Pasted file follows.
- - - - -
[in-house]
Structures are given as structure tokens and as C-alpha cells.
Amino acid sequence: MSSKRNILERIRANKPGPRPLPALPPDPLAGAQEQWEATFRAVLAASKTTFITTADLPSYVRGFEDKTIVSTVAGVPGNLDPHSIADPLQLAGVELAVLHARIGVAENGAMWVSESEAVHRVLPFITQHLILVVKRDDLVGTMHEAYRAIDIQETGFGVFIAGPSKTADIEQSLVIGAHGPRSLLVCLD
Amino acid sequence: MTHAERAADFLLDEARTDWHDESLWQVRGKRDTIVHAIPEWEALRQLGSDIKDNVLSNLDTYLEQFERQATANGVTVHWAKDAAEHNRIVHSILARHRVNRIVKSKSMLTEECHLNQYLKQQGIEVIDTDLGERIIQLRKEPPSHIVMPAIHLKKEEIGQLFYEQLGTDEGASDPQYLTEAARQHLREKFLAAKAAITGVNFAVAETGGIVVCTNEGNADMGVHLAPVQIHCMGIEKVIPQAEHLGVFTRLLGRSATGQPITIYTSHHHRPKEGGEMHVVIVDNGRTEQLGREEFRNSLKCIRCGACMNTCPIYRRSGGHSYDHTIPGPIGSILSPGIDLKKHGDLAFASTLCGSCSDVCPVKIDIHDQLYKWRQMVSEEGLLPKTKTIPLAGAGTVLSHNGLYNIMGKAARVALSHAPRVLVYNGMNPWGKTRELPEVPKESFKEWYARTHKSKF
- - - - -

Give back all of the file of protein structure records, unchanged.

[in-house]
Structures are given as structure tokens and as C-alpha cells.
Amino acid sequence: MSSKRNILERIRANKPGPRPLPALPPDPLAGAQEQWEATFRAVLAASKTTFITTADLPSYVRGFEDKTIVSTVAGVPGNLDPHSIADPLQLAGVELAVLHARIGVAENGAMWVSESEAVHRVLPFITQHLILVVKRDDLVGTMHEAYRAIDIQETGFGVFIAGPSKTADIEQSLVIGAHGPRSLLVCLD
Amino acid sequence: MTHAERAADFLLDEARTDWHDESLWQVRGKRDTIVHAIPEWEALRQLGSDIKDNVLSNLDTYLEQFERQATANGVTVHWAKDAAEHNRIVHSILARHRVNRIVKSKSMLTEECHLNQYLKQQGIEVIDTDLGERIIQLRKEPPSHIVMPAIHLKKEEIGQLFYEQLGTDEGASDPQYLTEAARQHLREKFLAAKAAITGVNFAVAETGGIVVCTNEGNADMGVHLAPVQIHCMGIEKVIPQAEHLGVFTRLLGRSATGQPITIYTSHHHRPKEGGEMHVVIVDNGRTEQLGREEFRNSLKCIRCGACMNTCPIYRRSGGHSYDHTIPGPIGSILSPGIDLKKHGDLAFASTLCGSCSDVCPVKIDIHDQLYKWRQMVSEEGLLPKTKTIPLAGAGTVLSHNGLYNIMGKAARVALSHAPRVLVYNGMNPWGKTRELPEVPKESFKEWYARTHKSKF